Why Kinect for Windows Is Even Cooler Than Apple's Siri
It's time to get to know your PC a little better.
Microsoft (MSFT) Kinect -- the camera-based motion controller for the Xbox 360 that has sold 18 million units since its launch in the fall of 2010 -- is coming to a computer near you. The world's largest software company revealed that Kinect will hit the market as a PC accessory next month.
Those familiar with Kinect may be shaking their heads. The motion-based system has helped bring new depth to Xbox's action, dancing, and fitness titles. No one is going to want to stand up while using their computer -- much less stand back far enough from their monitor so the camera captures their entire body movements.
Thankfully, that's not part of the plan. The immediate appeal of Kinect for Windows is that it will allow users to interact with their PCs by issuing vocal commands or hand gestures. If you think Apple's (AAPL) Siri is neat, imagine just lifting your hand a certain way to open a browser window or check your email. Barking out commands will do the same thing if you don't want to bother with gestures.
Bigger and Better Possibilities
Microsoft is opening up the platform to developers to drum up applications that even its own engineers haven't been able to dream up.
There are already some pretty neat applications in the real world.
- A hospital in Spain uses Kinect in its operating room so surgeons can navigate through MRIs and CAT scans with a simple wave of the hand.
- Another overseas hack -- spearheaded by a university in Portugal -- developed a Kinect-backed shopping cart that follows a disabled patron around the store.
- A Seattle-based treatment center for autistic children incorporates Kinect's sensors in its therapies.
Suddenly you seem like a slacker for leaning on Kinect only when it's time for some Zumba Fitness or to play Dance Central 2.
Wait for a Price Break
Carrying a suggested retail price of $249 when it hits the market on Feb. 1, the Microsoft accessory isn't cheap. The PC unit will be roughly twice as expensive as the Xbox 360 Kinect accessory.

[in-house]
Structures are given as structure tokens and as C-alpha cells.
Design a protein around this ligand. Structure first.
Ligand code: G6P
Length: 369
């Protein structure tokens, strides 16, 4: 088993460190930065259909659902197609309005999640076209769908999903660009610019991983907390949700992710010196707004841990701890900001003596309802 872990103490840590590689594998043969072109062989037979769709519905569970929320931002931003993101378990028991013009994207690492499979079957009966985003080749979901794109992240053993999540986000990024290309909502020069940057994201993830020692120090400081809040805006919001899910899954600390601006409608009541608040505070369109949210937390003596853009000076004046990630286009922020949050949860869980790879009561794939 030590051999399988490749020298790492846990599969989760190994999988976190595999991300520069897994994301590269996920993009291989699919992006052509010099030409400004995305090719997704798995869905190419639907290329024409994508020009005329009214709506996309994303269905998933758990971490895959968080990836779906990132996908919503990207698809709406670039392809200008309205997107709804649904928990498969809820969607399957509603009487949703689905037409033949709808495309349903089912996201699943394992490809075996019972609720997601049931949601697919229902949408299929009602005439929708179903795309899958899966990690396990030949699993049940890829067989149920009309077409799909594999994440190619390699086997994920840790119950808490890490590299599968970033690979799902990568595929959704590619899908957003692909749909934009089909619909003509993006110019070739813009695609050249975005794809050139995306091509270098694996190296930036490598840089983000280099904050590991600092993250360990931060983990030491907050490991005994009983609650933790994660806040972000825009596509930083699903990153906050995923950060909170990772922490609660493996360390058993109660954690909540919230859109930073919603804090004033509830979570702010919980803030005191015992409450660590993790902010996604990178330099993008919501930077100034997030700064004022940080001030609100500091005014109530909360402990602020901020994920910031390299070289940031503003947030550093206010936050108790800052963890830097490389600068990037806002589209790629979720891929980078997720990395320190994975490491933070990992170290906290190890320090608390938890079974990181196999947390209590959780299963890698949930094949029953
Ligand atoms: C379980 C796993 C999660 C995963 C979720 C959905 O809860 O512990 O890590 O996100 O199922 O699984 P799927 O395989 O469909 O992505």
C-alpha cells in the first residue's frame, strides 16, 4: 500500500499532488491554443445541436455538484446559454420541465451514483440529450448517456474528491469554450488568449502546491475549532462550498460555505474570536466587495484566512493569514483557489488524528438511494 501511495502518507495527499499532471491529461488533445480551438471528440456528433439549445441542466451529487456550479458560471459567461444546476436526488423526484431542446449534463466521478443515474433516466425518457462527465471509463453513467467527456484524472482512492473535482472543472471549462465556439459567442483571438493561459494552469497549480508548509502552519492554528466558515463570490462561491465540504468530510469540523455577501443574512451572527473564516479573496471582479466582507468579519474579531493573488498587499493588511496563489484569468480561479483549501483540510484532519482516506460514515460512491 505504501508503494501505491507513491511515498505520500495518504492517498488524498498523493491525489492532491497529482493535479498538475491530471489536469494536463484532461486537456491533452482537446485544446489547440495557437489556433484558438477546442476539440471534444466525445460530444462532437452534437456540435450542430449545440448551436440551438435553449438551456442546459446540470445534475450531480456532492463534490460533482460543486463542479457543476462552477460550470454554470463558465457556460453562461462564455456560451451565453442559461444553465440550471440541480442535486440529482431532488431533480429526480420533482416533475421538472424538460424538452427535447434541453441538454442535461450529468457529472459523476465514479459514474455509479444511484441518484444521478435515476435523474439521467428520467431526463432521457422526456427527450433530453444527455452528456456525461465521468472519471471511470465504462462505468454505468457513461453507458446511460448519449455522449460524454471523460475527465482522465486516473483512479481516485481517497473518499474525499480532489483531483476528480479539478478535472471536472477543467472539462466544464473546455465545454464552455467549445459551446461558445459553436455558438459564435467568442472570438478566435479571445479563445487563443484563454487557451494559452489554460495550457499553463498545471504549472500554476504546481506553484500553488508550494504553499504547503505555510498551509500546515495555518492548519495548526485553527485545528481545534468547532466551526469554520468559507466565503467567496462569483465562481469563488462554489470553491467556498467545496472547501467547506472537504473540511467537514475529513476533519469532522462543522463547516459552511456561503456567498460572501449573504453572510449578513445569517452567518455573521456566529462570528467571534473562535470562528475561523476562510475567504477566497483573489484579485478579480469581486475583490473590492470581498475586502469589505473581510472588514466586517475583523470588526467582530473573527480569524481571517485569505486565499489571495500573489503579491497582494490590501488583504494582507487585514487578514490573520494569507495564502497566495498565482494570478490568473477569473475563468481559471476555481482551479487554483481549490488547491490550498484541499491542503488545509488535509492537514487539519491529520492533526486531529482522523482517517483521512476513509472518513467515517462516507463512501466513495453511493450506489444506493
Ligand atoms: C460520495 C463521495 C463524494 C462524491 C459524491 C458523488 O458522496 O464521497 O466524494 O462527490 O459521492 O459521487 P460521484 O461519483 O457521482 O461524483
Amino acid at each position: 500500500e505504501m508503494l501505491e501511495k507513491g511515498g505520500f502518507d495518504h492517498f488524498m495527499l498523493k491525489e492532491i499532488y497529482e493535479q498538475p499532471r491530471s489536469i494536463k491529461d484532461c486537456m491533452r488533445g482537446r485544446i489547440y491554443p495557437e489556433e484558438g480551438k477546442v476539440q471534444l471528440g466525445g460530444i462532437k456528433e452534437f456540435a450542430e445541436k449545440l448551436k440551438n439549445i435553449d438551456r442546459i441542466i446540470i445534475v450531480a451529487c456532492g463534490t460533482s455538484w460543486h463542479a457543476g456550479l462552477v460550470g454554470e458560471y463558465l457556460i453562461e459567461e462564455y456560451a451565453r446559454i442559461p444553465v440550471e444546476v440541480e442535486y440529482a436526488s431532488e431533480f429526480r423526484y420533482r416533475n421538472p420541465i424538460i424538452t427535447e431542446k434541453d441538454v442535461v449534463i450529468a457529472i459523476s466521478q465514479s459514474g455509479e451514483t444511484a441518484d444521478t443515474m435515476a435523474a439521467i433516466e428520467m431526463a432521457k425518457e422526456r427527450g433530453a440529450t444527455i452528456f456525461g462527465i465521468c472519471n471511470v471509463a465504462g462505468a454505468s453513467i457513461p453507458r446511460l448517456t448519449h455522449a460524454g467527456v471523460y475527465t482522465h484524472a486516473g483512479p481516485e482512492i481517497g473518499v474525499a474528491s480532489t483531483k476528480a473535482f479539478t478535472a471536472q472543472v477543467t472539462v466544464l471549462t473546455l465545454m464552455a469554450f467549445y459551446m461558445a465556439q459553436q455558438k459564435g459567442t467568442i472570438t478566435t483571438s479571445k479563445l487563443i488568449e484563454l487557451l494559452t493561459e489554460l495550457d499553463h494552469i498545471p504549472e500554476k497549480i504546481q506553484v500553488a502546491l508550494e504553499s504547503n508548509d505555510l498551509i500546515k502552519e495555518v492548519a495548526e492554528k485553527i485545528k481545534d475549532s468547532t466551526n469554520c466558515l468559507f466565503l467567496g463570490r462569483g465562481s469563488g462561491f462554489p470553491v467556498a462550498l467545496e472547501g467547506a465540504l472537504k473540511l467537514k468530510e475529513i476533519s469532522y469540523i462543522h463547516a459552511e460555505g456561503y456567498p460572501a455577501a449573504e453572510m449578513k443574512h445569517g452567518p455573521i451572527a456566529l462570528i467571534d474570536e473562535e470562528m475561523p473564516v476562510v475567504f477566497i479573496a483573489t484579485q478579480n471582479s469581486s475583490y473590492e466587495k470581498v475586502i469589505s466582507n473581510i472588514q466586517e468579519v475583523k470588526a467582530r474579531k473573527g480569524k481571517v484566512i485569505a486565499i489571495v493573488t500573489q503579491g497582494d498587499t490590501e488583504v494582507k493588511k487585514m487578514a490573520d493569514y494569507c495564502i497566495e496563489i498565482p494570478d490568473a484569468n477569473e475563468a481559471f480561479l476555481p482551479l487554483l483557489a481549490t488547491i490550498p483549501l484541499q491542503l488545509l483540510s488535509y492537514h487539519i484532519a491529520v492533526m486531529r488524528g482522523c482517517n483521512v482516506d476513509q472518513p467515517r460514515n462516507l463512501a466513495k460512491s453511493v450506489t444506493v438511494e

However, help is on the way -- if you are either a student or a teacher. Special academic pricing that will shave $100 off the Kinect for Windows hardware is planned for qualified educational users later this year.
The surprisingly high price may make it a hard sell at first, though some early adopters won't flinch at the chance for bragging rights and the opportunity to kick the tires. The good news here is that the platform will evolve over time, partly because of Microsoft's developer-friendly measures when it comes to Kinect.
The original Kinect for the Xbox was marketed primarily as a personalized gaming experience, but it has come a long way. Just last month, Microsoft partnered with several pay-TV giants to offer more streaming options for its voice-controlled entertainment offerings.
Either way, it won't be long before you may be sparing your freshly painted nails by saying "Bing" to bring up your search engine or waving goodbye to power down your system.
Longtime Motley Fool contributor Rick Munarriz does not own shares in any stocks in this article. The Motley Fool owns shares of Apple and Microsoft. Motley Fool newsletter services have recommended buying shares of Microsoft and Apple, as well as creating bull call spread positions in Apple and Microsoft.